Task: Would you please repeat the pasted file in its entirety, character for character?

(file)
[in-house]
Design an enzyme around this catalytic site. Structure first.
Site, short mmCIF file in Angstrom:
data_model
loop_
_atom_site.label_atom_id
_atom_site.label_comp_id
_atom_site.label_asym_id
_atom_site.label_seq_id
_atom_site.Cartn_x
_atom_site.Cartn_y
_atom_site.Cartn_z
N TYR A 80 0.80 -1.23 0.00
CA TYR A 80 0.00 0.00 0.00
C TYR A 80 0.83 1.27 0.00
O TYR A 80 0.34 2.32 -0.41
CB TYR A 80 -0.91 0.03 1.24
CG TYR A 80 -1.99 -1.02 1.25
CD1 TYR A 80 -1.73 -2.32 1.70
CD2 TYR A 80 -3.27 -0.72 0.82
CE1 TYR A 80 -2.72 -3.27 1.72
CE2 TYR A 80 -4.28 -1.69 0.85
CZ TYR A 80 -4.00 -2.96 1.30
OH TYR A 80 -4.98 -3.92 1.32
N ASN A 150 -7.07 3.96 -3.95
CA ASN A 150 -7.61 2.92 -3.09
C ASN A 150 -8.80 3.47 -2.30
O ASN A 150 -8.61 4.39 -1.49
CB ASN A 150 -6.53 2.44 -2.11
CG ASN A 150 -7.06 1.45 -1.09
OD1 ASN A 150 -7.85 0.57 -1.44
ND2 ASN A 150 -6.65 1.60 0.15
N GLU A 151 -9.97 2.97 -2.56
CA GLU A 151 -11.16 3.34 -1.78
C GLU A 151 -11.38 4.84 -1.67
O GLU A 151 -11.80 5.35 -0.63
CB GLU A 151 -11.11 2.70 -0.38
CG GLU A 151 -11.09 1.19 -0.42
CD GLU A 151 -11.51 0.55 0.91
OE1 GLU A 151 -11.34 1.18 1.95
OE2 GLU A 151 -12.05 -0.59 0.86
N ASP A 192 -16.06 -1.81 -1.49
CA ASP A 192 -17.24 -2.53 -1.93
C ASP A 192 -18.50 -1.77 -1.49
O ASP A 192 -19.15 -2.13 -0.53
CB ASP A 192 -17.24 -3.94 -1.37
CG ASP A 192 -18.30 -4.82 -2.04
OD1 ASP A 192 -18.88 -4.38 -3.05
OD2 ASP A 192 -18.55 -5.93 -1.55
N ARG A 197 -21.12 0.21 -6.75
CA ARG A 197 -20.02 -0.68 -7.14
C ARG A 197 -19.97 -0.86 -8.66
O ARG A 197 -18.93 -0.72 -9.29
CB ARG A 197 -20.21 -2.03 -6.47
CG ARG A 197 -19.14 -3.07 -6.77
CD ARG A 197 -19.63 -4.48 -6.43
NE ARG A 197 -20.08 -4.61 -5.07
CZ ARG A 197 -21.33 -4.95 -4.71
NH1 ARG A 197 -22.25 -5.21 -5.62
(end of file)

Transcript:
[in-house]
Design an enzyme around this catalytic site. Structure first.
Site, short mmCIF file in Angstrom:
data_model
loop_
_atom_site.label_atom_id
_atom_site.label_comp_id
_atom_site.label_asym_id
_atom_site.label_seq_id
_atom_site.Cartn_x
_atom_site.Cartn_y
_atom_site.Cartn_z
N TYR A 80 0.80 -1.23 0.00
CA TYR A 80 0.00 0.00 0.00
C TYR A 80 0.83 1.27 0.00
O TYR A 80 0.34 2.32 -0.41
CB TYR A 80 -0.91 0.03 1.24
CG TYR A 80 -1.99 -1.02 1.25
CD1 TYR A 80 -1.73 -2.32 1.70
CD2 TYR A 80 -3.27 -0.72 0.82
CE1 TYR A 80 -2.72 -3.27 1.72
CE2 TYR A 80 -4.28 -1.69 0.85
CZ TYR A 80 -4.00 -2.96 1.30
OH TYR A 80 -4.98 -3.92 1.32
N ASN A 150 -7.07 3.96 -3.95
CA ASN A 150 -7.61 2.92 -3.09
C ASN A 150 -8.80 3.47 -2.30
O ASN A 150 -8.61 4.39 -1.49
CB ASN A 150 -6.53 2.44 -2.11
CG ASN A 150 -7.06 1.45 -1.09
OD1 ASN A 150 -7.85 0.57 -1.44
ND2 ASN A 150 -6.65 1.60 0.15
N GLU A 151 -9.97 2.97 -2.56
CA GLU A 151 -11.16 3.34 -1.78
C GLU A 151 -11.38 4.84 -1.67
O GLU A 151 -11.80 5.35 -0.63
CB GLU A 151 -11.11 2.70 -0.38
CG GLU A 151 -11.09 1.19 -0.42
CD GLU A 151 -11.51 0.55 0.91
OE1 GLU A 151 -11.34 1.18 1.95
OE2 GLU A 151 -12.05 -0.59 0.86
N ASP A 192 -16.06 -1.81 -1.49
CA ASP A 192 -17.24 -2.53 -1.93
C ASP A 192 -18.50 -1.77 -1.49
O ASP A 192 -19.15 -2.13 -0.53
CB ASP A 192 -17.24 -3.94 -1.37
CG ASP A 192 -18.30 -4.82 -2.04
OD1 ASP A 192 -18.88 -4.38 -3.05
OD2 ASP A 192 -18.55 -5.93 -1.55
N ARG A 197 -21.12 0.21 -6.75
CA ARG A 197 -20.02 -0.68 -7.14
C ARG A 197 -19.97 -0.86 -8.66
O ARG A 197 -18.93 -0.72 -9.29
CB ARG A 197 -20.21 -2.03 -6.47
CG ARG A 197 -19.14 -3.07 -6.77
CD ARG A 197 -19.63 -4.48 -6.43
NE ARG A 197 -20.08 -4.61 -5.07
CZ ARG A 197 -21.33 -4.95 -4.71
NH1 ARG A 197 -22.25 -5.21 -5.62